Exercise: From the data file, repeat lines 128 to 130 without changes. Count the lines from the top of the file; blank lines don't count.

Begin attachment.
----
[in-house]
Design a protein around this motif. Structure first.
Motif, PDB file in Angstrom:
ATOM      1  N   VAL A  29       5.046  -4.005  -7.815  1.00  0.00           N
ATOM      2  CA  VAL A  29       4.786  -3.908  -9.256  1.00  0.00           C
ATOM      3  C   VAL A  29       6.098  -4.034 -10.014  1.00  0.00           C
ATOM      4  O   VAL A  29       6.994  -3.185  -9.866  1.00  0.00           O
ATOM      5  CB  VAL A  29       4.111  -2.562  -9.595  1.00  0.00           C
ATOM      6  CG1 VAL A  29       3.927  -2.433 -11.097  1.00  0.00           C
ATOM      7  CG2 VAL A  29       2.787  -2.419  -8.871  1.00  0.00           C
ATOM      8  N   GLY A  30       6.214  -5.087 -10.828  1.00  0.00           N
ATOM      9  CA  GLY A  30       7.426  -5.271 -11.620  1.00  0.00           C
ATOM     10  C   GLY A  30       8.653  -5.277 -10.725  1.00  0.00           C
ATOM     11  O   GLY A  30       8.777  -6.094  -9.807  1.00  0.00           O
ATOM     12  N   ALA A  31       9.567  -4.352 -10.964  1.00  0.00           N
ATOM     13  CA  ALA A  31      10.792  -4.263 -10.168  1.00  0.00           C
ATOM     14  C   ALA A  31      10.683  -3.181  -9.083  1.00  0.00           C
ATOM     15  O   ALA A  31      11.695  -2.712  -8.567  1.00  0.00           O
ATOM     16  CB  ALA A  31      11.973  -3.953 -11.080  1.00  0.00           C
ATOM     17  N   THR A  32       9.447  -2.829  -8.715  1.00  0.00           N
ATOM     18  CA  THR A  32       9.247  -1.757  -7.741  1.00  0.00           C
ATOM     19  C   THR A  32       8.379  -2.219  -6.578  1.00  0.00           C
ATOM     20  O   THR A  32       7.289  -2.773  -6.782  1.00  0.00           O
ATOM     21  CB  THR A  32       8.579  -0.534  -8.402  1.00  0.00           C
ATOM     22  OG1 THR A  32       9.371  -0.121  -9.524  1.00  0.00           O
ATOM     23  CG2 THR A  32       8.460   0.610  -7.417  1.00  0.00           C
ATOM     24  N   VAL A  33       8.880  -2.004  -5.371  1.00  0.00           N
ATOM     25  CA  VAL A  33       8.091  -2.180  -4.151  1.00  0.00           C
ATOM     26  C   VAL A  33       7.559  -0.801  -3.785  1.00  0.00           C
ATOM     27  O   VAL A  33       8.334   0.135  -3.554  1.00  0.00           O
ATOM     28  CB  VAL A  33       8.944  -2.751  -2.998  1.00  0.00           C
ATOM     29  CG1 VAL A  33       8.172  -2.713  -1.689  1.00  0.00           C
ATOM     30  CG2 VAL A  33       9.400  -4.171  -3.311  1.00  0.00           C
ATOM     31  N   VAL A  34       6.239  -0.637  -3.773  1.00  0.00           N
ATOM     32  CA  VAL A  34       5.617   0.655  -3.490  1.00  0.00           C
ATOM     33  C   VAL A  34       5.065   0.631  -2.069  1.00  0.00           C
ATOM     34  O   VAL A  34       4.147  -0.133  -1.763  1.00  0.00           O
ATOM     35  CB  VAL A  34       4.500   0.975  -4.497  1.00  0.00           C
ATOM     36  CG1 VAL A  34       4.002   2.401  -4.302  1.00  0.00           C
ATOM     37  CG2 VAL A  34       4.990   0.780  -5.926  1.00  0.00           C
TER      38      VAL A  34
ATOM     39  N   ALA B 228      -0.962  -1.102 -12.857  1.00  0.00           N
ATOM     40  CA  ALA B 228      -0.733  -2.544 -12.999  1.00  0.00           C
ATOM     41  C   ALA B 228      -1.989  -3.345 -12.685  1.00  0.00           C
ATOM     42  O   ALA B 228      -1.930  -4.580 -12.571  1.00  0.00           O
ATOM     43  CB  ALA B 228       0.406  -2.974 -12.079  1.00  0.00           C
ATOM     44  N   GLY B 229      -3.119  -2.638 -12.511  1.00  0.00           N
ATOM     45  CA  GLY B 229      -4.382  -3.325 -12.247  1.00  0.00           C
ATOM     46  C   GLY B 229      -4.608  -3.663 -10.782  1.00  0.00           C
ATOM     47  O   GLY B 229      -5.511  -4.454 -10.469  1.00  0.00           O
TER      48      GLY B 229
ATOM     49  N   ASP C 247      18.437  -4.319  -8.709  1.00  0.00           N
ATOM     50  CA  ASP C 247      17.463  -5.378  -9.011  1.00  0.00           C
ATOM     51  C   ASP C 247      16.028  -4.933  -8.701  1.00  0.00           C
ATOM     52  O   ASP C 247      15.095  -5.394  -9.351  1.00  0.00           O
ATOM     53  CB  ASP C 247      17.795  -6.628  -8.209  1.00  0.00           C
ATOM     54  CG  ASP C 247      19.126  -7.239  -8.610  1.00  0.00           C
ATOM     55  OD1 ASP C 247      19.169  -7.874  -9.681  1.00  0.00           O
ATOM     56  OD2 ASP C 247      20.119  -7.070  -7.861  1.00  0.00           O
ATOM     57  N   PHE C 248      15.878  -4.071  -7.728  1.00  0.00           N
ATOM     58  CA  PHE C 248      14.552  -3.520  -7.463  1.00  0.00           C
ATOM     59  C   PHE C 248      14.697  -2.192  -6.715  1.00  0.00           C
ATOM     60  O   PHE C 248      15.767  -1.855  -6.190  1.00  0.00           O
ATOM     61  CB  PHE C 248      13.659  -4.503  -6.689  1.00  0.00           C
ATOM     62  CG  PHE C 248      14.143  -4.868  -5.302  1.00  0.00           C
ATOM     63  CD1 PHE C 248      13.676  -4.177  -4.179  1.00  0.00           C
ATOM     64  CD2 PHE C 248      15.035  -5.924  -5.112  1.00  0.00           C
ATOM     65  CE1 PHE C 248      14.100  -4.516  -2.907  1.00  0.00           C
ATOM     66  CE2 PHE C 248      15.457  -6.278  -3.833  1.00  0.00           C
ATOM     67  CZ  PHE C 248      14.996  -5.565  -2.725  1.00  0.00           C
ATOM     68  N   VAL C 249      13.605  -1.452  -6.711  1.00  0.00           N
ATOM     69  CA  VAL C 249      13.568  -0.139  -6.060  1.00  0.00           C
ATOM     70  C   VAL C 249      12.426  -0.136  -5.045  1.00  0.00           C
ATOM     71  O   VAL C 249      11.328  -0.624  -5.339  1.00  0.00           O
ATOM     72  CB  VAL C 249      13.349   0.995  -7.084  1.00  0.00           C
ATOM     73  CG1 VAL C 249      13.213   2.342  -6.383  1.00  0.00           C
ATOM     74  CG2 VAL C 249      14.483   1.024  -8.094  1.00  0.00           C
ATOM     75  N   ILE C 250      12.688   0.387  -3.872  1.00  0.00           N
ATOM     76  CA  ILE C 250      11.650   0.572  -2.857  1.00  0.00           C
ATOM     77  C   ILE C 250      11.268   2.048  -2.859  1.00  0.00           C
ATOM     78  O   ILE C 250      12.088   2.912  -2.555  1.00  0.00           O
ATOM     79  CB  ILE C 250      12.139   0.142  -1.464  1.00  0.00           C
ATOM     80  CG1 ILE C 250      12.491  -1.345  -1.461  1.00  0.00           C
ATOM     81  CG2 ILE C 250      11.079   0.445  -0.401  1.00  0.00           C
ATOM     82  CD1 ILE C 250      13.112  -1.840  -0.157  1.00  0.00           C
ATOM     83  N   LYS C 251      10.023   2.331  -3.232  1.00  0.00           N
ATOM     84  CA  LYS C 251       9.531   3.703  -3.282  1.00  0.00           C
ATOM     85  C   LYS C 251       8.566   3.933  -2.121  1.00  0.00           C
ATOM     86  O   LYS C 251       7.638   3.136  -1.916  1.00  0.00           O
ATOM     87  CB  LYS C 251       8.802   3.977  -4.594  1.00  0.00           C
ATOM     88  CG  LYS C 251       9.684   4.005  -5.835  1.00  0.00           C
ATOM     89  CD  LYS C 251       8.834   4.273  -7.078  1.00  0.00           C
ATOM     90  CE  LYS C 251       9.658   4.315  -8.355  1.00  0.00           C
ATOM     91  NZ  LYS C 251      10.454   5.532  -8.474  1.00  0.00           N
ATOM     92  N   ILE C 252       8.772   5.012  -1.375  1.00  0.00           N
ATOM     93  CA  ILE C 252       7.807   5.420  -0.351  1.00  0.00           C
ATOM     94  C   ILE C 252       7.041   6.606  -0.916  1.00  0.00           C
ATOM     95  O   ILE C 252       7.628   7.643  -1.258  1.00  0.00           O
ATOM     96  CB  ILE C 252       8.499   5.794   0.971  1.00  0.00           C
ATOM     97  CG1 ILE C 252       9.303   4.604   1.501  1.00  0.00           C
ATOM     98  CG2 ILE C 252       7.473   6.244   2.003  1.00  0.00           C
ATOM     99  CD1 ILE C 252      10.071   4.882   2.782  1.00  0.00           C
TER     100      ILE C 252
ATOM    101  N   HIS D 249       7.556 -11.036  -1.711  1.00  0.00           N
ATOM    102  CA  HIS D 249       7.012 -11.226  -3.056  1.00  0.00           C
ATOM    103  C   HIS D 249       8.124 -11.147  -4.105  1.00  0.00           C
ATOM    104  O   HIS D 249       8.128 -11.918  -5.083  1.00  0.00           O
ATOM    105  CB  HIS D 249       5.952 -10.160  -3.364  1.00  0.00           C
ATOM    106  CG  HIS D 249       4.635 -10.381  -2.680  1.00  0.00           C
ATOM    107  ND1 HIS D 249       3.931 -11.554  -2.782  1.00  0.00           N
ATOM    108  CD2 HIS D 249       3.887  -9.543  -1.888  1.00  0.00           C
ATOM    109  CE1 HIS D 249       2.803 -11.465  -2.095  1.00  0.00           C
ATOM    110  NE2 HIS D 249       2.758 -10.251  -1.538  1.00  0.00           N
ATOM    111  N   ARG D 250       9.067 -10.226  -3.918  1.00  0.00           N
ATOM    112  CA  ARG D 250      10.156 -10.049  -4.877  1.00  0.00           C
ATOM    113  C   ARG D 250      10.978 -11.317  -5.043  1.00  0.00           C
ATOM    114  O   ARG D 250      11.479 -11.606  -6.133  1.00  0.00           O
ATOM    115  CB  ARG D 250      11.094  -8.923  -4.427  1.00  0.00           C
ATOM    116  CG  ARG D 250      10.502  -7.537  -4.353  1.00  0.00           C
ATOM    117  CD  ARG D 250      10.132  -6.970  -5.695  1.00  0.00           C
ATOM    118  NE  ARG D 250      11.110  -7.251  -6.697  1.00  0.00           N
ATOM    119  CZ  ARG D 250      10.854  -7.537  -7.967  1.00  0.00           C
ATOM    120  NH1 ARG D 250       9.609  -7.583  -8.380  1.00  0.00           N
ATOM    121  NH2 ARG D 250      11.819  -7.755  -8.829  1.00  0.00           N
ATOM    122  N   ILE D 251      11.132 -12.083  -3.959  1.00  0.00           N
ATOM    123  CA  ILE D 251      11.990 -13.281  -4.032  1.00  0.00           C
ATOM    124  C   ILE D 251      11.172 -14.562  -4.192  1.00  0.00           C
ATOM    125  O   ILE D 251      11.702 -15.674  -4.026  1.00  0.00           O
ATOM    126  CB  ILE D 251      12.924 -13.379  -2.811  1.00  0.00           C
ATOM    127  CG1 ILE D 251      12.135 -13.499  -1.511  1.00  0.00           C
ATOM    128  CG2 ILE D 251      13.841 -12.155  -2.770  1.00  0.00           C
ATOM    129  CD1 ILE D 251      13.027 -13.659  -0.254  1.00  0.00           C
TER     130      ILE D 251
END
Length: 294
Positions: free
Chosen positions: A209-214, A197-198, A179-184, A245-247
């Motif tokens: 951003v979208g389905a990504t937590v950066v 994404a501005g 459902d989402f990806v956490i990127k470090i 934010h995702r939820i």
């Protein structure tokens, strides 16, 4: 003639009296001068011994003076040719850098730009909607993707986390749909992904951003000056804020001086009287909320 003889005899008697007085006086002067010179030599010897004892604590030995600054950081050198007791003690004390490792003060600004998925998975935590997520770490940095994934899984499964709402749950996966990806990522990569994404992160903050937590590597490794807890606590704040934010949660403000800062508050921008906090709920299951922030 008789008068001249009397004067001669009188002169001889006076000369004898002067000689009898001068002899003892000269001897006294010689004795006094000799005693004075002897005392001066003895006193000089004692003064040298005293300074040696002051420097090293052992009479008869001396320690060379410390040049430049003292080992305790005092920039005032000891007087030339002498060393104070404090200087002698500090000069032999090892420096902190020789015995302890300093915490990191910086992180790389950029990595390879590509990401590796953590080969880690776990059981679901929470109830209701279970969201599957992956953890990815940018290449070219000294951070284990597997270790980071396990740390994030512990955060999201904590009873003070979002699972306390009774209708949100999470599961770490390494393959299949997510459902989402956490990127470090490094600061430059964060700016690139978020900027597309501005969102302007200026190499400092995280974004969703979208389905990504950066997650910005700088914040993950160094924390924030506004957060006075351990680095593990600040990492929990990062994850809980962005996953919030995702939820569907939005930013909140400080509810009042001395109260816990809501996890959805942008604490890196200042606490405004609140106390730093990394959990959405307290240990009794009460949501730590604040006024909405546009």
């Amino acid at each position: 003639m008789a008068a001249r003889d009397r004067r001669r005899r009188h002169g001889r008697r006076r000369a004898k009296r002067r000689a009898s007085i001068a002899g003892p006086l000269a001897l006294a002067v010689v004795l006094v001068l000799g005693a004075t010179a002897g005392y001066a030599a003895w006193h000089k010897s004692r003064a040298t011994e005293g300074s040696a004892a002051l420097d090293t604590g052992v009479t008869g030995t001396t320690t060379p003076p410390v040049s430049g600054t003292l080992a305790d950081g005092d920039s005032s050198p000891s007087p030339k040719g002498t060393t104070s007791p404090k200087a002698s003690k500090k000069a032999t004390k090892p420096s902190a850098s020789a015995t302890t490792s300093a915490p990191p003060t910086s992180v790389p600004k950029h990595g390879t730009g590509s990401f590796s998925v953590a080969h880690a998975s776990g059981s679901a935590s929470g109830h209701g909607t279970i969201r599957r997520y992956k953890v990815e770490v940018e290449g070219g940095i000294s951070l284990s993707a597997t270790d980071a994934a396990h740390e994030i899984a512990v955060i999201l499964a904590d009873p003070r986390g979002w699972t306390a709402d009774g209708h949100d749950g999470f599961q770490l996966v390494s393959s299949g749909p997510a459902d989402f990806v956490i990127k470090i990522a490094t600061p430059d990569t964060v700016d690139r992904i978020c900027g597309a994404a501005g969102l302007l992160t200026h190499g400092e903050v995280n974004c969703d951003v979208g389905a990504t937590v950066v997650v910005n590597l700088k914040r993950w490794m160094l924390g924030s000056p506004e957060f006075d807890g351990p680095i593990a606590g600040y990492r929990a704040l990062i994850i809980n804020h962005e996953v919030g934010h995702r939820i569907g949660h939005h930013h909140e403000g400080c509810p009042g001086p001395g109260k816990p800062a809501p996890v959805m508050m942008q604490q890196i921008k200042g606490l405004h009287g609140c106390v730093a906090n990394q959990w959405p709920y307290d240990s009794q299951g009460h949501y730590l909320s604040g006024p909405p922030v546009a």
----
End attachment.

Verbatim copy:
ATOM    125  O   ILE D 251      11.702 -15.674  -4.026  1.00  0.00           O
ATOM    126  CB  ILE D 251      12.924 -13.379  -2.811  1.00  0.00           C
ATOM    127  CG1 ILE D 251      12.135 -13.499  -1.511  1.00  0.00           C